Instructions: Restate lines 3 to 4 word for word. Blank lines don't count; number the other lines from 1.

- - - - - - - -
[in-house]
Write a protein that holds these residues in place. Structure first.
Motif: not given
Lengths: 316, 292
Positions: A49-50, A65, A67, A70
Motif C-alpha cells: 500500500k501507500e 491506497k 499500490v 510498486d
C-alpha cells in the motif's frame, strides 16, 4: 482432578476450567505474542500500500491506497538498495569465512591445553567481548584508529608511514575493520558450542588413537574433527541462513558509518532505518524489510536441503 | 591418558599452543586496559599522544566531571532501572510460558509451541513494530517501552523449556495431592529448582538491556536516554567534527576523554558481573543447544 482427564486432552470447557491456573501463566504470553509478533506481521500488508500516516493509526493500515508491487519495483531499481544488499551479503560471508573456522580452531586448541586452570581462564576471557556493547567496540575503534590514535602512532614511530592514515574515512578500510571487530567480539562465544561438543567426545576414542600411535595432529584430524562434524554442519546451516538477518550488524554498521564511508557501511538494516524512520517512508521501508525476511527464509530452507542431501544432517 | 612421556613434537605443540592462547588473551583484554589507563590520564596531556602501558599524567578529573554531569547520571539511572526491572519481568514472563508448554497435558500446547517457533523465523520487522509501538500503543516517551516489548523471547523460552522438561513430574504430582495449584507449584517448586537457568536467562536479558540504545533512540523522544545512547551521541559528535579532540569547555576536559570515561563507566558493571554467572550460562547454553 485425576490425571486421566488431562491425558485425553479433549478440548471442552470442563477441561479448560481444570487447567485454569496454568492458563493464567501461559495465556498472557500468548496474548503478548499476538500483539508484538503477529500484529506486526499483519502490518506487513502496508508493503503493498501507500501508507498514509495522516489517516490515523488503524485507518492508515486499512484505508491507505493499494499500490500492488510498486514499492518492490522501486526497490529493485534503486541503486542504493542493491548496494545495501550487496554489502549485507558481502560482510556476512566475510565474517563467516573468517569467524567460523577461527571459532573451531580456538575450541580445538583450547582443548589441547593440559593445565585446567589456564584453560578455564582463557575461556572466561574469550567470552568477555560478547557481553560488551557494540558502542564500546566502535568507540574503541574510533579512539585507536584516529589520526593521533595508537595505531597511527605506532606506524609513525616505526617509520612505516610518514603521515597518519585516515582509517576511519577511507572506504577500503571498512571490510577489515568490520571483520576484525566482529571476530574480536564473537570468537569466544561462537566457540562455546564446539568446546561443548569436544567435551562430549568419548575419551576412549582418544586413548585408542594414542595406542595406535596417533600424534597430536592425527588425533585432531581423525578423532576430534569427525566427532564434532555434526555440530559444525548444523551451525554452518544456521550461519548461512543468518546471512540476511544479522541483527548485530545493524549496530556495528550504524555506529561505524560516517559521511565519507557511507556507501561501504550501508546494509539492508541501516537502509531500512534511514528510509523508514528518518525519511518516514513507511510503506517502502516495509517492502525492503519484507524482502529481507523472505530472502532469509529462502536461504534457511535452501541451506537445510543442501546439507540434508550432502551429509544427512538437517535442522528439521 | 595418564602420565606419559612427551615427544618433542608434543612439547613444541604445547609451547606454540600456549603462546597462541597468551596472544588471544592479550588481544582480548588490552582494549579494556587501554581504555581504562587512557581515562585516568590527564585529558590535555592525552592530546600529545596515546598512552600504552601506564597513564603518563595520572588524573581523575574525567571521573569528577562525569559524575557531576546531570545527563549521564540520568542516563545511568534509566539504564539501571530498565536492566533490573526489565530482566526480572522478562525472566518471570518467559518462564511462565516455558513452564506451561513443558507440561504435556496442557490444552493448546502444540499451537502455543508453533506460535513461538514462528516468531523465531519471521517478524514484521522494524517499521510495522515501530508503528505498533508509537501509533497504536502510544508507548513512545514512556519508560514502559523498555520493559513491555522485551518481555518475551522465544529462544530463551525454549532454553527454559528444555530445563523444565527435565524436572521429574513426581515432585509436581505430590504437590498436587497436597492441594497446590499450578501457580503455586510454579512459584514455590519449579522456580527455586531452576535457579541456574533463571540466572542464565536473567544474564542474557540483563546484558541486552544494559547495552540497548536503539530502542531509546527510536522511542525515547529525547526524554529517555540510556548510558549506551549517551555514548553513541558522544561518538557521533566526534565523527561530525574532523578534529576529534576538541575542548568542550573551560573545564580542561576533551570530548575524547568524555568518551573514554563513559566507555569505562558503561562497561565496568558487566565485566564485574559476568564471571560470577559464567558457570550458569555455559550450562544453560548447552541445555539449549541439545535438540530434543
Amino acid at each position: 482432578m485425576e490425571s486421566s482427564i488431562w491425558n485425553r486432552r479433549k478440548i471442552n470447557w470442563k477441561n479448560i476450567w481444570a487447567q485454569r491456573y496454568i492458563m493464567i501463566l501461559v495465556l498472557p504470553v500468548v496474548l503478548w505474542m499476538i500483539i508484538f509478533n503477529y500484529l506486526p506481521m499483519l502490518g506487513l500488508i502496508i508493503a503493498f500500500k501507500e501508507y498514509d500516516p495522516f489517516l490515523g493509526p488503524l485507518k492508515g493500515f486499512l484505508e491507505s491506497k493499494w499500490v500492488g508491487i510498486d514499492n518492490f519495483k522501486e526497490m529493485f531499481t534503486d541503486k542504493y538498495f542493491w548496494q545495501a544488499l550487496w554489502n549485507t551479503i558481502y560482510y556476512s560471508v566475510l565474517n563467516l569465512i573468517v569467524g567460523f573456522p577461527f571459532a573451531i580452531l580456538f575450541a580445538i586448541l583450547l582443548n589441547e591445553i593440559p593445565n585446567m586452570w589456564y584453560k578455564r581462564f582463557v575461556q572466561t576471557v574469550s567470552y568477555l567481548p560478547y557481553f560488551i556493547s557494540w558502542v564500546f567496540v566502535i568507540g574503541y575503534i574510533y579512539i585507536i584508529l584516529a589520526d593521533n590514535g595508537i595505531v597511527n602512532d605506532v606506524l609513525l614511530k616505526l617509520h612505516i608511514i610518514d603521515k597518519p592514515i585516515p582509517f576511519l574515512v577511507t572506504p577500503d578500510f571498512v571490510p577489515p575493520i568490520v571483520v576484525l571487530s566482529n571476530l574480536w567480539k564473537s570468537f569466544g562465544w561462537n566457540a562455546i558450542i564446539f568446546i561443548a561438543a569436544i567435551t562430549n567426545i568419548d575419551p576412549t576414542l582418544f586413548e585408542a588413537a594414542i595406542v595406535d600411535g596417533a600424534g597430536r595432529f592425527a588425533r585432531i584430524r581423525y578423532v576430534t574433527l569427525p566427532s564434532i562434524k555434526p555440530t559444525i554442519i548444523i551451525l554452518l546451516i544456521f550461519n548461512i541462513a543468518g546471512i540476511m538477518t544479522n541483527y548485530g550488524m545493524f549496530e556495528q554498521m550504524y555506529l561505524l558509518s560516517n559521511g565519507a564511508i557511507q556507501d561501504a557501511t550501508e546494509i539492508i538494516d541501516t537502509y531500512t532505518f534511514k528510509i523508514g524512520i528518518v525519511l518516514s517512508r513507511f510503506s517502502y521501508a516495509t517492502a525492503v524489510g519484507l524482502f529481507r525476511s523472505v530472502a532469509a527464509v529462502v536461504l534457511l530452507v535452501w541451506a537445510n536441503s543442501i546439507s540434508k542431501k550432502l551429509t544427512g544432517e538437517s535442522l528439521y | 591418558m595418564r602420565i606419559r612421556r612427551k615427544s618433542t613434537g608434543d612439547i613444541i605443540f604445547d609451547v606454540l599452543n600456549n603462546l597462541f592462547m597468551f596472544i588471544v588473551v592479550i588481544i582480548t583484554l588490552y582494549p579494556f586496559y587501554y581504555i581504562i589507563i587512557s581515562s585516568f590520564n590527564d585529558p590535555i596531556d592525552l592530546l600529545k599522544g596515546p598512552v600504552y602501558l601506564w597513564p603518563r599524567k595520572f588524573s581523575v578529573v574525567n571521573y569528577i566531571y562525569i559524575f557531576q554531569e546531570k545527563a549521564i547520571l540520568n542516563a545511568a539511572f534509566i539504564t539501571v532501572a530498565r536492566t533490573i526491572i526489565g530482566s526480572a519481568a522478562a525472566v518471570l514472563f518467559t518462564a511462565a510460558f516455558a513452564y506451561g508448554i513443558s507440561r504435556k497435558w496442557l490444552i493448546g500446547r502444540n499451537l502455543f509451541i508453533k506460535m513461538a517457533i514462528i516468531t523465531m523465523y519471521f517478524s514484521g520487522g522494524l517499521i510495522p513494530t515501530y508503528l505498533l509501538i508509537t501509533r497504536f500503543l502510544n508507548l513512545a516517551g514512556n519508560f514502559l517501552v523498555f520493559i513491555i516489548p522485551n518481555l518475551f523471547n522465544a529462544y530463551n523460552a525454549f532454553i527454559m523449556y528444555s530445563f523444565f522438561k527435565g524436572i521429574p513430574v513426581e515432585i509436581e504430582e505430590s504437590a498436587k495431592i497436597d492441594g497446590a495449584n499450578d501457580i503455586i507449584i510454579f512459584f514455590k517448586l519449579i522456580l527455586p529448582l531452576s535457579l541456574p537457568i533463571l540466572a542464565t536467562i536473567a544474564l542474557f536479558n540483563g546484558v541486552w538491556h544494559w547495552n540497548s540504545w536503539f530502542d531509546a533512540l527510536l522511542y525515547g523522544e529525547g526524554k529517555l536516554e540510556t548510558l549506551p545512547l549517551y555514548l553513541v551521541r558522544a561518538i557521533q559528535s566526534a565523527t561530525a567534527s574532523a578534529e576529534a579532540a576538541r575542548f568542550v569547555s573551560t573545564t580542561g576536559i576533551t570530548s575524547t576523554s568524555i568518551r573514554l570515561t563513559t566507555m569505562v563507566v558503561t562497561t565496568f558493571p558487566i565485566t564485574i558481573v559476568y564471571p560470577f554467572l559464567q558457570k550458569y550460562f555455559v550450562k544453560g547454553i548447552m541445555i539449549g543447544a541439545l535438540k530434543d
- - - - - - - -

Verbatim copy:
Motif: not given
Lengths: 316, 292